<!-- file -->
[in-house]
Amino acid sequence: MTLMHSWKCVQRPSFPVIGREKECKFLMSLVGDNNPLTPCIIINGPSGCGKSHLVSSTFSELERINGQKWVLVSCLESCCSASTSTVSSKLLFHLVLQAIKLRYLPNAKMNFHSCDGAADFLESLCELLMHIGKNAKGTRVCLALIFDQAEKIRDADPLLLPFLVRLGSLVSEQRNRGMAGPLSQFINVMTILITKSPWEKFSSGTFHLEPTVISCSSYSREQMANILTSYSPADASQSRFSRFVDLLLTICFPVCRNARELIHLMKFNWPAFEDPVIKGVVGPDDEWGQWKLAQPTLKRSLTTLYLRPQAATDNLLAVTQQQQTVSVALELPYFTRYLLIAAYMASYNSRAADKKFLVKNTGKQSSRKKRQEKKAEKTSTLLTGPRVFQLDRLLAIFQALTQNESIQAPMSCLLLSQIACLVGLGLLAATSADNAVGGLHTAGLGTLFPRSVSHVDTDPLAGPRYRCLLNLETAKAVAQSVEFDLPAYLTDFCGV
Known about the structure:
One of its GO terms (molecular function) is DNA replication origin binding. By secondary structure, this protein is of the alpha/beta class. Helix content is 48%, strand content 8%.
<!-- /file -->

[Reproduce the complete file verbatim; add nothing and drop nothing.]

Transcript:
[in-house]
Amino acid sequence: MTLMHSWKCVQRPSFPVIGREKECKFLMSLVGDNNPLTPCIIINGPSGCGKSHLVSSTFSELERINGQKWVLVSCLESCCSASTSTVSSKLLFHLVLQAIKLRYLPNAKMNFHSCDGAADFLESLCELLMHIGKNAKGTRVCLALIFDQAEKIRDADPLLLPFLVRLGSLVSEQRNRGMAGPLSQFINVMTILITKSPWEKFSSGTFHLEPTVISCSSYSREQMANILTSYSPADASQSRFSRFVDLLLTICFPVCRNARELIHLMKFNWPAFEDPVIKGVVGPDDEWGQWKLAQPTLKRSLTTLYLRPQAATDNLLAVTQQQQTVSVALELPYFTRYLLIAAYMASYNSRAADKKFLVKNTGKQSSRKKRQEKKAEKTSTLLTGPRVFQLDRLLAIFQALTQNESIQAPMSCLLLSQIACLVGLGLLAATSADNAVGGLHTAGLGTLFPRSVSHVDTDPLAGPRYRCLLNLETAKAVAQSVEFDLPAYLTDFCGV
Known about the structure:
One of its GO terms (molecular function) is DNA replication origin binding. By secondary structure, this protein is of the alpha/beta class. Helix content is 48%, strand content 8%.